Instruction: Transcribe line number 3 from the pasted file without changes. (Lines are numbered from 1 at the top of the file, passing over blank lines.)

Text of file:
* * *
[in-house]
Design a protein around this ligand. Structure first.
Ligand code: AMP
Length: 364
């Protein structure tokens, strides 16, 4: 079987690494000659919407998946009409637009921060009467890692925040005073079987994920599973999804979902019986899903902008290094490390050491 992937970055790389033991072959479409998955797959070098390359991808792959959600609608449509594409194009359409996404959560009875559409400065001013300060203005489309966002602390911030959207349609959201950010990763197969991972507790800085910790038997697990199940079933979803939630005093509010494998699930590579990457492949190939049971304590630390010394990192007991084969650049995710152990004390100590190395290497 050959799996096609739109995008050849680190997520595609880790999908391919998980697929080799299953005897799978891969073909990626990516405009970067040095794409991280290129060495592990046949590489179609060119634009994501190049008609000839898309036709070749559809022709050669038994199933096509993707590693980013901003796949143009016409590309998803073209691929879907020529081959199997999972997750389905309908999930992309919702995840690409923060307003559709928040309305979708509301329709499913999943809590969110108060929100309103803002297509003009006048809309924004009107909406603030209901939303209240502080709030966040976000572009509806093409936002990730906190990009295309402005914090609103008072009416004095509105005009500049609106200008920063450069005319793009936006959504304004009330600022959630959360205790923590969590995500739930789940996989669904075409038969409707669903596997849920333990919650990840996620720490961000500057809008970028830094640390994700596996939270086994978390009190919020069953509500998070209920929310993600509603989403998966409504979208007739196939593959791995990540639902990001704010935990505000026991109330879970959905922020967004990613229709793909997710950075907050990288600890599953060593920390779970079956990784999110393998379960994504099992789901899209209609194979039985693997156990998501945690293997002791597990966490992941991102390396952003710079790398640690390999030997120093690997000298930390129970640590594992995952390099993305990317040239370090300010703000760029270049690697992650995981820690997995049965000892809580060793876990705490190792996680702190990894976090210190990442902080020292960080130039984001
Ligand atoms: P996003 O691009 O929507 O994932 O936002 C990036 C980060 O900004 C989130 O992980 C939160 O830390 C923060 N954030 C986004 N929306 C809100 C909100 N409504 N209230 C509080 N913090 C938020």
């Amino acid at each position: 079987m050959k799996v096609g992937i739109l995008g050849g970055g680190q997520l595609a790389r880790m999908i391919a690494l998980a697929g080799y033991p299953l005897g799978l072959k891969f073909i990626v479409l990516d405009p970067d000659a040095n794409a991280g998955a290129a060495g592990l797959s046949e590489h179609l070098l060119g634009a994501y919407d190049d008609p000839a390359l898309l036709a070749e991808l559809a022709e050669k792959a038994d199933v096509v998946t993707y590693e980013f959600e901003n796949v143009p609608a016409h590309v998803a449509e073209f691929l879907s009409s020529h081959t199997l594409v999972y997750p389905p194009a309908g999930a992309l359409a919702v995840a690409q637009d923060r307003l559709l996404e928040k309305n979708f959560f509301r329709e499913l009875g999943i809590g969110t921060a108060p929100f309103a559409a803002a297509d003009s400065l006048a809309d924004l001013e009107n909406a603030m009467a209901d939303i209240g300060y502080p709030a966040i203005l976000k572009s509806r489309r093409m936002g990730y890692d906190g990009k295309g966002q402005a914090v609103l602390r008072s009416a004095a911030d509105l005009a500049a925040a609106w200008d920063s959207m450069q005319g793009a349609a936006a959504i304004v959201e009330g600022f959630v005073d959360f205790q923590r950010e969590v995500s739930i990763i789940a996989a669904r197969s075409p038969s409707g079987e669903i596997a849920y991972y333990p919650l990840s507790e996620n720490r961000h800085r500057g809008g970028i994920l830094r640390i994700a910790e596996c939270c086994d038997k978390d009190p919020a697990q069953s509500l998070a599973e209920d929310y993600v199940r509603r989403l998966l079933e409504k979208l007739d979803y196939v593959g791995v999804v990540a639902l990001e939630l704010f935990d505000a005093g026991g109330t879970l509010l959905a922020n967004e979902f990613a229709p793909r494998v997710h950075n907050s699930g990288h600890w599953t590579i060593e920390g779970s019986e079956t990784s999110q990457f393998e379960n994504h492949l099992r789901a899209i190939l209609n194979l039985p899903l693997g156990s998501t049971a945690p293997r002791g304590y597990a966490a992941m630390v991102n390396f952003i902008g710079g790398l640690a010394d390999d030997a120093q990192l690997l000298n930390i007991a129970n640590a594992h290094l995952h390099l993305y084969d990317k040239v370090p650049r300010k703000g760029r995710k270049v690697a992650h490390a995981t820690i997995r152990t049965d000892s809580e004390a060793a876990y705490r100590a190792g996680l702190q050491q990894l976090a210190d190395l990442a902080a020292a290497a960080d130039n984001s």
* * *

Ligand code: AMP